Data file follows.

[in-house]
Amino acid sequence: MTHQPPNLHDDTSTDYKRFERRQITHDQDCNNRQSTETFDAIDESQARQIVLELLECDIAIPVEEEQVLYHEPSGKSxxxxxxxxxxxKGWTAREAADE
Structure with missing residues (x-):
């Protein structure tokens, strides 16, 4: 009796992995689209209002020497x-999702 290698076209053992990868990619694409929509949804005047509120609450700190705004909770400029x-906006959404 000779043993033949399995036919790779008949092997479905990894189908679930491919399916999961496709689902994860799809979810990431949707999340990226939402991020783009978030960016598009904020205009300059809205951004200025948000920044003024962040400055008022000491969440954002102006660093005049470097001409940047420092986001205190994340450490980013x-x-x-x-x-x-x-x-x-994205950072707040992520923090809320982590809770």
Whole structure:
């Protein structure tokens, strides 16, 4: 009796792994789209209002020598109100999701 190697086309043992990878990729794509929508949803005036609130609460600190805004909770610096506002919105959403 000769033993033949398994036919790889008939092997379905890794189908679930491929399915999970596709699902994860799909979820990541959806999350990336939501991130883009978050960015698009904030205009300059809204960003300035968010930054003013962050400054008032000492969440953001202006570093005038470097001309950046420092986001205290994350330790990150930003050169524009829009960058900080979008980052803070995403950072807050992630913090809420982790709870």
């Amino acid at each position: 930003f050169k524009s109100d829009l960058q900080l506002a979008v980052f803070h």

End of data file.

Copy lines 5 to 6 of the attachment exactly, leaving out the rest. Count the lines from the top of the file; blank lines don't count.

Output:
Whole structure:
């Protein structure tokens, strides 16, 4: 009796792994789209209002020598109100999701 190697086309043992990878990729794509929508949803005036609130609460600190805004909770610096506002919105959403 000769033993033949398994036919790889008939092997379905890794189908679930491929399915999970596709699902994860799909979820990541959806999350990336939501991130883009978050960015698009904030205009300059809204960003300035968010930054003013962050400054008032000492969440953001202006570093005038470097001309950046420092986001205290994350330790990150930003050169524009829009960058900080979008980052803070995403950072807050992630913090809420982790709870």